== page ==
River Station, earlier known as the San Fernando Street Depot and later commonly referred to as old River Station, was a Southern Pacific Railroad passenger station location, southwest of the Los Angeles River and north of Downtown, in Los Angeles, California. The original building served as the company's primary Los Angeles terminal until the opening of Arcade Depot in 1888. A rebuilt station would continue to operate as a passenger stop until 1915 when it was retained for freight and storage. The location for both stations was at the Southern Pacific's Los Angeles freight yard, at the north end of present-day Chinatown in Central Los Angeles. It was demolished in 1940, though the site is noted within "The Cornfield" section of Los Angeles State Historic Park.[1]

River Station
The second River Station
General information
LocationThe Cornfield, Los Angeles State Historic Park (site),
Los Angeles, California
Coordinates34°04′07″N 118°13′52″W / 34.0687°N 118.2311°W / 34.0687; -118.2311
Owned bySouthern Pacific Railroad
History
Opened1877; 147 years ago (1877)
Closed1915; 109 years ago (1915)
Rebuilt1887
Previous namesSan Fernando Street Depot
Former services
Preceding station Southern Pacific Railroad Following station
Glendale Coast Line Central Station
Terminus
Glendale San Joaquin Valley Line
Terminus Los Angeles – San Pedro Naud Junction
toward San Pedro
Santa Monica Branch Naud Junction
Sunset Route Shorb

History

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First station (1875−1887)

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The station was opened following the Southern Pacific's acquisition of the Los Angeles & San Pedro Railroad in 1873 and the railroad's construction of line linking San Francisco to Los Angeles. The first station utilizing the site was a wooden structure built in 1875, though passenger and logistical operations did not move here until June 1877.[2][3] Transcontinental trains started serving the station in 1881.[4] The two-story building had both women's and men's waiting rooms and later had a hotel and restaurants added to it. The station was assigned the first telephone number in Los Angeles in 1882.[5] It was the arrival point of many migrants drawn during the land boom of the mid-1880s.

Second station (1887−1902)

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The third River Station, c. 1919

The second station was built in 1887 on the site of the demolished original one. It was a brick Romanesque Revival style building. The name of the station was officially changed to River Station in July 1893.[6] As development had coalesced around what became Downtown Los Angeles, Southern Pacific responded by building the Arcade Depot in 1888,[3] diminishing the importance of River Station. This station building was razed in June 1902.[7]

Third station

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After the second station was torn down, the freight facilities were greatly expanded to include a new 600-by-50-foot (183 m × 15 m) depot featuring 32 cargo bays for transloading freight to and from trucks along with five scales and a new 200-foot-long (61 m) freight platform.[8] Southern Pacific's passenger accomodations were moved to a nearby storefront to maintain service.[citation needed] The second River Station continued to be used for passengers until 1915, then it was converted to storage.[9]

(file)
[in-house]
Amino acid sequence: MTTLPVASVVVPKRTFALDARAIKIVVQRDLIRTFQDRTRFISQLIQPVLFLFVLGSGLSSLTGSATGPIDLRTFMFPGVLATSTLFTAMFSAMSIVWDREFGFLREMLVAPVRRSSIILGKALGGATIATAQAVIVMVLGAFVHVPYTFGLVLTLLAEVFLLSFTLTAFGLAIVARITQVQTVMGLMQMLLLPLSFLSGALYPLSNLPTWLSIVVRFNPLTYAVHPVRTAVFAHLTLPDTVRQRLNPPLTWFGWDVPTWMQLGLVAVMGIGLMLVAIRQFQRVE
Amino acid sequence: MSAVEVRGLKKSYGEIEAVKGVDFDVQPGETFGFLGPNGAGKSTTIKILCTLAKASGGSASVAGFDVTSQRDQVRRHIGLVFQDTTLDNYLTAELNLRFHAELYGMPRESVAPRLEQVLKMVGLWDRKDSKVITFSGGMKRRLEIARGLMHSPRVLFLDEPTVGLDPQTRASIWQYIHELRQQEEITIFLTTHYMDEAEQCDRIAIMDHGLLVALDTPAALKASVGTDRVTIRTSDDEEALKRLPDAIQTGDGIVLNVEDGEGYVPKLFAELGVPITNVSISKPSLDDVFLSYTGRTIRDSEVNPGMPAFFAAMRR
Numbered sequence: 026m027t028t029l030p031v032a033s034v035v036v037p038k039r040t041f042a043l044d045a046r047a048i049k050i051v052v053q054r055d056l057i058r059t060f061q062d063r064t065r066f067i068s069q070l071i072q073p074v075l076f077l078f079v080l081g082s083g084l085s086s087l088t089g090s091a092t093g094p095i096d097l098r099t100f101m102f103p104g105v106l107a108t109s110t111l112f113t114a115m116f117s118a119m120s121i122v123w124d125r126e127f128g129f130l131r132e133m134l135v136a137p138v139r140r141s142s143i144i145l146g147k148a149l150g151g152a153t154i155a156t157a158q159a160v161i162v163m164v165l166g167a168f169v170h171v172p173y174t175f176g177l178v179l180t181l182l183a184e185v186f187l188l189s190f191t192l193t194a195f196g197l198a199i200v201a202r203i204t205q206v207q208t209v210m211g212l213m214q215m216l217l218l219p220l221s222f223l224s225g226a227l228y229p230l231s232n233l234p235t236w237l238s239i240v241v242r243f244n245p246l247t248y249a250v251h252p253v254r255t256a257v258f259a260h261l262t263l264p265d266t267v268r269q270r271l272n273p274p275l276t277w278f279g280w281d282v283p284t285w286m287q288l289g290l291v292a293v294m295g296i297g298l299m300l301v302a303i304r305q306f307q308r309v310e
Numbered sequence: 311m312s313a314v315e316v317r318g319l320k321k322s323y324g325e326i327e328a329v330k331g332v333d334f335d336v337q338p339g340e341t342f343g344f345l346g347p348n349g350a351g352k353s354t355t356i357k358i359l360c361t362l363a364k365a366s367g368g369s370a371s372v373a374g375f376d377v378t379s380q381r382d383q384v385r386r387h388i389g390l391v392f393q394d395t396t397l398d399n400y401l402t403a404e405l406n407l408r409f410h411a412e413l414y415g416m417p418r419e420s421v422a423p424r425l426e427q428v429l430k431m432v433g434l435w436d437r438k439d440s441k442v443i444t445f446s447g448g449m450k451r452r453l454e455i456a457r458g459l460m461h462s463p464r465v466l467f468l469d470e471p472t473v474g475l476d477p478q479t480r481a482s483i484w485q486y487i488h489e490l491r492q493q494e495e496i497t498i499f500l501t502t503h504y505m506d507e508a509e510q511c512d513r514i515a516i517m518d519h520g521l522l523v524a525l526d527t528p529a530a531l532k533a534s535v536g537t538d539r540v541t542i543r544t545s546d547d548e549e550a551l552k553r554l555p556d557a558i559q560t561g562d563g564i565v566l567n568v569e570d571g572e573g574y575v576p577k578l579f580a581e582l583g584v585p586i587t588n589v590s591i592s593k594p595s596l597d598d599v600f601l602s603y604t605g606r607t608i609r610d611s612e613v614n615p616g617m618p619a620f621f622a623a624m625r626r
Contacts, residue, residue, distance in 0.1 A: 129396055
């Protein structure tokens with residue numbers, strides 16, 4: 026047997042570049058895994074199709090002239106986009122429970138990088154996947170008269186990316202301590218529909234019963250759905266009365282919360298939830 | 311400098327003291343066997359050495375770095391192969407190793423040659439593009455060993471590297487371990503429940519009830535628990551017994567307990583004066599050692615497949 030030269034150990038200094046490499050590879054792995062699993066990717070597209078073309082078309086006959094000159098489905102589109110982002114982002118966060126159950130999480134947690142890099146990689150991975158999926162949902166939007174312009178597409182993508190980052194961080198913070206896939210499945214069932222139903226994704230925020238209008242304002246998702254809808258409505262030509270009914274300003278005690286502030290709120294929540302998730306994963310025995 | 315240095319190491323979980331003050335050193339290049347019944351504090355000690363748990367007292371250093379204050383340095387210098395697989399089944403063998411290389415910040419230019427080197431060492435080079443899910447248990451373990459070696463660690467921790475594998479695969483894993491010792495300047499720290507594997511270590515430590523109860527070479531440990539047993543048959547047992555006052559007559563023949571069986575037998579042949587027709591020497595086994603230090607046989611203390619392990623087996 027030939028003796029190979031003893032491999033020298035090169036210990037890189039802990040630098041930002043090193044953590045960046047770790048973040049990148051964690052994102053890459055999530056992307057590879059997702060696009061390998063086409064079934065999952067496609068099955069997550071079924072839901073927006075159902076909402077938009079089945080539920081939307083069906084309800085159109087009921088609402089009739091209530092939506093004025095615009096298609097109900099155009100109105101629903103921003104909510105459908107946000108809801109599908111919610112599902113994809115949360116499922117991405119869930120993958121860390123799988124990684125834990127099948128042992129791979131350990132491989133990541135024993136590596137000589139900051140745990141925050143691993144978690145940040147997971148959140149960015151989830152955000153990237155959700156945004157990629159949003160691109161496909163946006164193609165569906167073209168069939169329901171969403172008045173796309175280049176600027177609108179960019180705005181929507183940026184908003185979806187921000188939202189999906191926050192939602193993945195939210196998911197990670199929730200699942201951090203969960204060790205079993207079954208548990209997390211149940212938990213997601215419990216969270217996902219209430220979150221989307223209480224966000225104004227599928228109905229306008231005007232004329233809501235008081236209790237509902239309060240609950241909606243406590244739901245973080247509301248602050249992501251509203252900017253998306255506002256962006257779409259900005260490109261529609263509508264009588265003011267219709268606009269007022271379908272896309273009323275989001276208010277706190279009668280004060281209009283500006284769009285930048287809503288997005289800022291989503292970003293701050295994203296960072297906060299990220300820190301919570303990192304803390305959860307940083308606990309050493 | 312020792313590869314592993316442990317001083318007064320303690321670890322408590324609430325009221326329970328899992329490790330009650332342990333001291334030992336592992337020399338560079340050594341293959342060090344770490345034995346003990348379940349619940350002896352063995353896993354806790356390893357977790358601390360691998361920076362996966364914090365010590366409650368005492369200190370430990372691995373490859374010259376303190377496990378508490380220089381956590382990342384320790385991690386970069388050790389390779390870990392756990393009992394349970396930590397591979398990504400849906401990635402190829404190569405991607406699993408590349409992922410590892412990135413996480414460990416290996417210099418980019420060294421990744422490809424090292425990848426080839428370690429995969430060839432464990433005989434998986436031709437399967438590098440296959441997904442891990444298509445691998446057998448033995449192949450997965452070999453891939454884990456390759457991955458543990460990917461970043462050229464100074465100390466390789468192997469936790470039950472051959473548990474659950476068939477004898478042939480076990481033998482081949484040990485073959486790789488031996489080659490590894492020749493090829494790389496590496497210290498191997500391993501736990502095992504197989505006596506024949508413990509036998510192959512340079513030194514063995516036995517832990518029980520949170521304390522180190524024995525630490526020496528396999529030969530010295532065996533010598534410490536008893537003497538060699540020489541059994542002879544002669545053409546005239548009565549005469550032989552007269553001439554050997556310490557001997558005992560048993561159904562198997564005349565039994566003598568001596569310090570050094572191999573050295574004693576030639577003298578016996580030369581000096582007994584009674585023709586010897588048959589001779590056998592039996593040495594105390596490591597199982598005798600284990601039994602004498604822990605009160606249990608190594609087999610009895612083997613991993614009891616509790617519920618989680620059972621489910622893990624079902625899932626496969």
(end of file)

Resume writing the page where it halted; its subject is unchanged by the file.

After railway use

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The building was leased out as a Christian mission between 1934 and 1940, its last use before demolition that year.[9] Segments of the freight depot were demolished in 1971.[10] The yards were subsequently removed and the site was renovated into the Los Angeles State Historic Park.

See also

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References

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  1. ^ "Uncovered railroad ruins in L.A." ABC7. September 9, 2008. Retrieved April 18, 2021.
  2. ^ "The offices in this city of the Southern Pacific Railroad..." Los Angeles, California. Los Angeles Evening Express. June 18, 1877. p. 2. Retrieved July 10, 2024 – via Newspapers.com.  
  3. ^ a b Nathan Masters (January 17, 2013). "Lost Train Depots of Los Angeles". Socal Focus. KCET. Retrieved July 17, 2014.
  4. ^ "Historic railyard beams located". Daily Breeze. September 6, 2008. Retrieved April 18, 2021.
  5. ^ Seewerker, Joe; Owens, Charles (January 25, 1939). "Nuestro Pueblo". The Los Angeles Times. Los Angeles, California. p. II-2. Retrieved July 10, 2024 – via Newspapers.com.  
  6. ^ "[Railroad Record.] Change of Plans". The Los Angeles Times. Los Angeles, California. July 15, 1893. p. 8. Retrieved July 10, 2024 – via Newspapers.com.  
  7. ^ "River Station Down". Los Angeles Evening Post-Record. Los Angeles, California. June 16, 1902. p. 4. Retrieved July 10, 2024 – via Newspapers.com.  
  8. ^ "Los Angeles Notes". Covina, California. Covina Argus. June 28, 1902. p. 2. Retrieved July 12, 2024 – via Newspapers.com.  
  9. ^ a b "Old River Station Will Fall Before Wreckers". The Los Angeles Times. Los Angeles, California. November 25, 1940. p. 7. Retrieved July 10, 2024 – via Newspapers.com.  
  10. ^ Herbert, Ray (April 6, 1971). "Old Rail Shed Razed as Heritage Weighed". The Los Angeles Times. Los Angeles, California. p. 6. Retrieved July 10, 2024 – via Newspapers.com.  

Further reading

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  • Historical Outline of the Southern Pacific Company. SP Bureau of News. 1933.